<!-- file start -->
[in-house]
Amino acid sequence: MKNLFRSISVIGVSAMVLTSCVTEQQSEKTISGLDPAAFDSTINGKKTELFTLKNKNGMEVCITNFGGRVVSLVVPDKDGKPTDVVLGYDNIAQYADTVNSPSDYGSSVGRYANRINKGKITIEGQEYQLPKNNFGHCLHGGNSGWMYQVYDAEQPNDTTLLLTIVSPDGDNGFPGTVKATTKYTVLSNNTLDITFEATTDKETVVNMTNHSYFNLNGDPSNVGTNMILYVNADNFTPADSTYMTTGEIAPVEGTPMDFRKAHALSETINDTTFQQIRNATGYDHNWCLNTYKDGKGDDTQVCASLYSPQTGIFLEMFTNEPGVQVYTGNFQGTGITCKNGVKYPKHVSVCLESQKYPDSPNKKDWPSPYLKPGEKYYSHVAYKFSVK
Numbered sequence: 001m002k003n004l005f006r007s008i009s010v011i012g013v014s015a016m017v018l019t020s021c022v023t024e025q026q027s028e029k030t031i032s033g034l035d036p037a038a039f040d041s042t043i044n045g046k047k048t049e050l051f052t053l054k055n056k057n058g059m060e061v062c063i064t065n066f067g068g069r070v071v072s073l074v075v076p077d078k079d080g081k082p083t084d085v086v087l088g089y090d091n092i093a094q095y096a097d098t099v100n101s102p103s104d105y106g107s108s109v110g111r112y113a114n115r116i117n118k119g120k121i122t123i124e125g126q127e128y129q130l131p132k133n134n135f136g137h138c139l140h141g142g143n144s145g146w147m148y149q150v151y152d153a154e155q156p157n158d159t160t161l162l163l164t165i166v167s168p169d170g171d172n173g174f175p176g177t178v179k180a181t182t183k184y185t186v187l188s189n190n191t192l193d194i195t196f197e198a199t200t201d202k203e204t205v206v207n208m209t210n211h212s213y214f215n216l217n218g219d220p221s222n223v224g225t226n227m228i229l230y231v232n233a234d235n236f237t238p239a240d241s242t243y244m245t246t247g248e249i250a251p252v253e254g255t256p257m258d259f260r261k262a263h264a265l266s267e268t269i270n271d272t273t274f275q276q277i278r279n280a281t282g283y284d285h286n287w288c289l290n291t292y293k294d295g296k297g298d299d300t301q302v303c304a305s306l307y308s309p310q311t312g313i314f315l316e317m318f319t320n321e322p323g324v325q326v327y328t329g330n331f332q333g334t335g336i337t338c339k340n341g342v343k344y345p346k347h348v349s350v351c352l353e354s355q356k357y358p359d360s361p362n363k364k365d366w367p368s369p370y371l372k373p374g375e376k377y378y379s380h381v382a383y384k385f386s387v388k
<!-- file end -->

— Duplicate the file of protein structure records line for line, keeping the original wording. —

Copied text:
[in-house]
Amino acid sequence: MKNLFRSISVIGVSAMVLTSCVTEQQSEKTISGLDPAAFDSTINGKKTELFTLKNKNGMEVCITNFGGRVVSLVVPDKDGKPTDVVLGYDNIAQYADTVNSPSDYGSSVGRYANRINKGKITIEGQEYQLPKNNFGHCLHGGNSGWMYQVYDAEQPNDTTLLLTIVSPDGDNGFPGTVKATTKYTVLSNNTLDITFEATTDKETVVNMTNHSYFNLNGDPSNVGTNMILYVNADNFTPADSTYMTTGEIAPVEGTPMDFRKAHALSETINDTTFQQIRNATGYDHNWCLNTYKDGKGDDTQVCASLYSPQTGIFLEMFTNEPGVQVYTGNFQGTGITCKNGVKYPKHVSVCLESQKYPDSPNKKDWPSPYLKPGEKYYSHVAYKFSVK
Numbered sequence: 001m002k003n004l005f006r007s008i009s010v011i012g013v014s015a016m017v018l019t020s021c022v023t024e025q026q027s028e029k030t031i032s033g034l035d036p037a038a039f040d041s042t043i044n045g046k047k048t049e050l051f052t053l054k055n056k057n058g059m060e061v062c063i064t065n066f067g068g069r070v071v072s073l074v075v076p077d078k079d080g081k082p083t084d085v086v087l088g089y090d091n092i093a094q095y096a097d098t099v100n101s102p103s104d105y106g107s108s109v110g111r112y113a114n115r116i117n118k119g120k121i122t123i124e125g126q127e128y129q130l131p132k133n134n135f136g137h138c139l140h141g142g143n144s145g146w147m148y149q150v151y152d153a154e155q156p157n158d159t160t161l162l163l164t165i166v167s168p169d170g171d172n173g174f175p176g177t178v179k180a181t182t183k184y185t186v187l188s189n190n191t192l193d194i195t196f197e198a199t200t201d202k203e204t205v206v207n208m209t210n211h212s213y214f215n216l217n218g219d220p221s222n223v224g225t226n227m228i229l230y231v232n233a234d235n236f237t238p239a240d241s242t243y244m245t246t247g248e249i250a251p252v253e254g255t256p257m258d259f260r261k262a263h264a265l266s267e268t269i270n271d272t273t274f275q276q277i278r279n280a281t282g283y284d285h286n287w288c289l290n291t292y293k294d295g296k297g298d299d300t301q302v303c304a305s306l307y308s309p310q311t312g313i314f315l316e317m318f319t320n321e322p323g324v325q326v327y328t329g330n331f332q333g334t335g336i337t338c339k340n341g342v343k344y345p346k347h348v349s350v351c352l353e354s355q356k357y358p359d360s361p362n363k364k365d366w367p368s369p370y371l372k373p374g375e376k377y378y379s380h381v382a383y384k385f386s387v388k